CALENDAR FOR JAN. 25
Despite the fact that most people read every day — whether a book, a billboard or even a text message — people of all ages still struggle with that skill — including local middle-schoolers.
The Lee County Board of Education recently approved allocating nearly a quarter of a million dollars for programs aimed at helping middle school students become better readers, revealing in the process that about 60 percent of students in grades 6-8 are either reading below grade level or are at grade level but at risk of regressing.
Last year, 32.2 percent of middle school students in Lee County failed the reading portion of the state’s standardized test, the EOG — and that number could go up significantly next year because of the state’s switch to a new system called Common Core, officials said.
Local educators say Common Core is more difficult than the previous curriculum because it places higher expectations on students, especially in reading. Carol Chappell, the director of K-5 instruction for Lee County Schools, noted that when Kentucky switched to Common Core, the number of students deemed proficient at reading dropped by one-third. She said she doesn’t think Lee County will see such a drastic change, but that there most likely will be a drop.
Tina Poltrock, the district’s director of secondary education, said multiple reading programs are in place for middle schoolers, in addition to the myriad programs in the elementary schools. However programs, while helpful, won’t solve the problem alone. Reading skills only improve through practice, she said, and most of a student’s time that could be spent reading is outside teachers’ control.
“Students are not going to read a book just because we say so or their parents say so,” Poltrock said, noting that with television, Internet, video games and sports, students have more competition for their time than ever before.
Andy Bryan, the district’s associate superintendent for curriculum and instruction, said the newly purchased programs — READ 180 and System 44, which cost a combined $247,783 — will help three distinct groups of middle schoolers: Those who are significantly below grade level, those who are a year or two behind and those who are at grade level or even above but could slide backward without additional help.
“This is part of an ongoing effort to prepare our students for the future,” Bryan said. “The world is changing so fast... and if we can get them to the highest levels possible, the better opportunities they’re going to have.”
The district purchased enough materials — including tracking software, reading consultants and professional development for teachers — to put 60 students from each middle school into System 44, which helps students at a basic reading level, and 120 in each school into READ 180, which can help the rest.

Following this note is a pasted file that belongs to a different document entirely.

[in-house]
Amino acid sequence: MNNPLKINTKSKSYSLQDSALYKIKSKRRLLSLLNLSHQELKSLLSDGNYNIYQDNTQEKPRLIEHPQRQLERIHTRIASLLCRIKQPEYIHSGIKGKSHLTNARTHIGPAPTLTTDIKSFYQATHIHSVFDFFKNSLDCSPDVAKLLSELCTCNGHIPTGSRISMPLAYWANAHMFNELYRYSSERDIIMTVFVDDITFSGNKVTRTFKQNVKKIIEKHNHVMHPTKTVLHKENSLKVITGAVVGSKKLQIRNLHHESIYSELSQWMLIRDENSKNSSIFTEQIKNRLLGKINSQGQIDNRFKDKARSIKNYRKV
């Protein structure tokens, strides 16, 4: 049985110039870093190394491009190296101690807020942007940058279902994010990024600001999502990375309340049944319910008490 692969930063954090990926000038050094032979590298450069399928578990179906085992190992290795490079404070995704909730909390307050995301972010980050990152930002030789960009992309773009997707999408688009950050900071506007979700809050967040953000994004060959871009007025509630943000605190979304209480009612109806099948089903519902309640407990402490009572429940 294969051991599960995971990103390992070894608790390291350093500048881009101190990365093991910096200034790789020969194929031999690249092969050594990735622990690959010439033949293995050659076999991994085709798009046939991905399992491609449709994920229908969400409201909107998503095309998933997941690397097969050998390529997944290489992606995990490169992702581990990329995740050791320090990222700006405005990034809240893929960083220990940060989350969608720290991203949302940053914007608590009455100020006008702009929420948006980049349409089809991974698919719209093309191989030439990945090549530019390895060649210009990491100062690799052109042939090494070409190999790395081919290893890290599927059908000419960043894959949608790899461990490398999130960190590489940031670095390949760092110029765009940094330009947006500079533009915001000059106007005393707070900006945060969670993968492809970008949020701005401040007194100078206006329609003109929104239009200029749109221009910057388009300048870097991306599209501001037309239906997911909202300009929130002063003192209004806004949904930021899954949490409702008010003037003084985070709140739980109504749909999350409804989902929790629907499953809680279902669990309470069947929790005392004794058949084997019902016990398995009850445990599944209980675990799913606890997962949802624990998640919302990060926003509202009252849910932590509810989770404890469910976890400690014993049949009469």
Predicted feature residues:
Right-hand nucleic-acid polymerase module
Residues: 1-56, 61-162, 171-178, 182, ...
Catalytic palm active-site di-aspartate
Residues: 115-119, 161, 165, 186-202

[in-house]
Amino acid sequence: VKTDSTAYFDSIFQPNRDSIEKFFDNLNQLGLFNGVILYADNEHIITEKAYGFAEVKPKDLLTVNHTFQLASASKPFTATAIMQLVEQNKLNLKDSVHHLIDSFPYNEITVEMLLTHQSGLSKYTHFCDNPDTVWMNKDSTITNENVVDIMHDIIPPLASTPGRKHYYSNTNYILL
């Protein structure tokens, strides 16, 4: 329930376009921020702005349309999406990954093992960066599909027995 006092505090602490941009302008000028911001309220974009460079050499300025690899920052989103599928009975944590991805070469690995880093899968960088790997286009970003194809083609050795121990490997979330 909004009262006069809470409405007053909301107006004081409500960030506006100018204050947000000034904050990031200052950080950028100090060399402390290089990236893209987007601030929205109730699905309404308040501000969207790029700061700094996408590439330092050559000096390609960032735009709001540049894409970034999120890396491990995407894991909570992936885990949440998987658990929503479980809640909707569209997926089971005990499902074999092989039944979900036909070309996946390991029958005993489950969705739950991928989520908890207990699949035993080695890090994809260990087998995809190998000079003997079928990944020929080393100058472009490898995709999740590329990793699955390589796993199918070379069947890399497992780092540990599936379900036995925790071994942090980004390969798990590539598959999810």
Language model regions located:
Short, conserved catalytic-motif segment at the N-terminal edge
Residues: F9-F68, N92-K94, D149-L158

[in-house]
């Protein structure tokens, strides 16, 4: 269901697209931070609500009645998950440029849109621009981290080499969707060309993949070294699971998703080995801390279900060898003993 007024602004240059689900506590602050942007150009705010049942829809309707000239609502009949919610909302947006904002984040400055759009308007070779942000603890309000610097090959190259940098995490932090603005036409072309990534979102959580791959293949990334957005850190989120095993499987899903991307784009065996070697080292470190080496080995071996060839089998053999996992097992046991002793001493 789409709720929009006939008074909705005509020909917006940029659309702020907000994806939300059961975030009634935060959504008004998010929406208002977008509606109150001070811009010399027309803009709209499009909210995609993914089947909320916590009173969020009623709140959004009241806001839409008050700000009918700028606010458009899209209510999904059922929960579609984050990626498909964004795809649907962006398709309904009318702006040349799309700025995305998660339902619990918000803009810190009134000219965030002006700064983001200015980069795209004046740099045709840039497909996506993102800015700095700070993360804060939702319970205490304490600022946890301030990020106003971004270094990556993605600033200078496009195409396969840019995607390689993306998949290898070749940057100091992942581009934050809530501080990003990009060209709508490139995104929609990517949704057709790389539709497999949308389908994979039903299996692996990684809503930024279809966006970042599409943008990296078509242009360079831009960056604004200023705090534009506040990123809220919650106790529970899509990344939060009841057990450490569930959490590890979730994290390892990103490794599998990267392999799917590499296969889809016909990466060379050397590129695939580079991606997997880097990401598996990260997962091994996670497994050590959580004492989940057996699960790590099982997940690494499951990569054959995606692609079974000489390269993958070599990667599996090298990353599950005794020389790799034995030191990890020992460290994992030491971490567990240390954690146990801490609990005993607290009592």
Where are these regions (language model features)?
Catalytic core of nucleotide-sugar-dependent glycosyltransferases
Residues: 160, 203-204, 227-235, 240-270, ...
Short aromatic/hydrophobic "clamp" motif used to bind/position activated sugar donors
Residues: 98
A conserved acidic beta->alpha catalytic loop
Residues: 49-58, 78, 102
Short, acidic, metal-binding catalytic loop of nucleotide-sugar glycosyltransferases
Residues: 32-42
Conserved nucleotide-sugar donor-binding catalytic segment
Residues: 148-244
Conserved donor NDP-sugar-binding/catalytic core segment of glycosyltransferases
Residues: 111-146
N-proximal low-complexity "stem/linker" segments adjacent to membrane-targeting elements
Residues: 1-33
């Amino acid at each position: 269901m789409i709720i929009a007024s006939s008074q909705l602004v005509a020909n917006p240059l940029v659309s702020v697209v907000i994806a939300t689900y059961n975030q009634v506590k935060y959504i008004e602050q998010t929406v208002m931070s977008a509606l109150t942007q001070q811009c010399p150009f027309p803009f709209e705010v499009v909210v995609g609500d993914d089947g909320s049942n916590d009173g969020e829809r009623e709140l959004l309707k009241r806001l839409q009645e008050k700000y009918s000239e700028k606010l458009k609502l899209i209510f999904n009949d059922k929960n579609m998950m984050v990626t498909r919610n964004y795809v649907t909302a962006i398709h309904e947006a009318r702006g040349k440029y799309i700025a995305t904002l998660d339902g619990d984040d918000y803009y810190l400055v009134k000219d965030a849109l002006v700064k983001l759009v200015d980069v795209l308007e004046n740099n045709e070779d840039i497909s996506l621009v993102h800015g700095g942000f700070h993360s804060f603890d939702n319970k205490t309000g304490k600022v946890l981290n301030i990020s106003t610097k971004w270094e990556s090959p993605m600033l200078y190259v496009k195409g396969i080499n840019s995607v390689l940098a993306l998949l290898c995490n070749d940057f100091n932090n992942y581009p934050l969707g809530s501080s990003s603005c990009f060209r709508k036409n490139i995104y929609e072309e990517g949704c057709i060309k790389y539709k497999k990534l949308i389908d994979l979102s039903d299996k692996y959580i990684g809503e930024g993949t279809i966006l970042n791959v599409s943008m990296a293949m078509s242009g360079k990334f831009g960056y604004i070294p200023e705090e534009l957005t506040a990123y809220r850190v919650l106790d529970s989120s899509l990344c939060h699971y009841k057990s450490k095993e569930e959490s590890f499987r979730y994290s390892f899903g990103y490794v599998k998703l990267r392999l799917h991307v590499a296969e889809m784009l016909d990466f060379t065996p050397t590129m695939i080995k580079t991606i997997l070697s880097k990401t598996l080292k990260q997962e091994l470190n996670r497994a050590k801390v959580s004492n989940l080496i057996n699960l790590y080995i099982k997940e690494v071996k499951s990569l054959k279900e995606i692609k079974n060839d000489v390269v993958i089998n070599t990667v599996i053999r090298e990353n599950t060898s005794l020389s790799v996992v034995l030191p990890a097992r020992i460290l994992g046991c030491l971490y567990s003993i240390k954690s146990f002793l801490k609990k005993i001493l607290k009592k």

In addition to school initiatives, there are a variety of after-school programs in the area that can help students with homework, and tutoring is an option for those who can afford it. But because reading problems and poverty are often linked, Chappell said, and two-thirds of students in Lee County Schools are considered economically disadvantaged, that option might not be realistic.
Community members who want to help can get involved through local schools, charities or through volunteerlee.com, a website that aggregates volunteer opportunities in the area. According to that website, SanLee Middle School is looking for math and reading mentors to meet with students after school on Wednesdays, and B.T. Bullock Elementary School is looking for men to read to small groups of students once a week during lunch, with the dual goals of increasing reading skills and giving them a positive male role model.
And at the Lee County Library, children as young as 5 will now be allowed to get their own library cards, in hopes of instilling a love of reading as soon as possible.
“We still think a library card maintains its mystique and its value; it’s kind of like a key card in that it unlocks so much,” Library Director Michael Matochick said, adding that audiobooks can get kids who have difficulty with reading to explore literature without frustration and might encourage them to become more open to challenging themselves once they get hooked.
“That’s a nice little doorway into reading,” he said.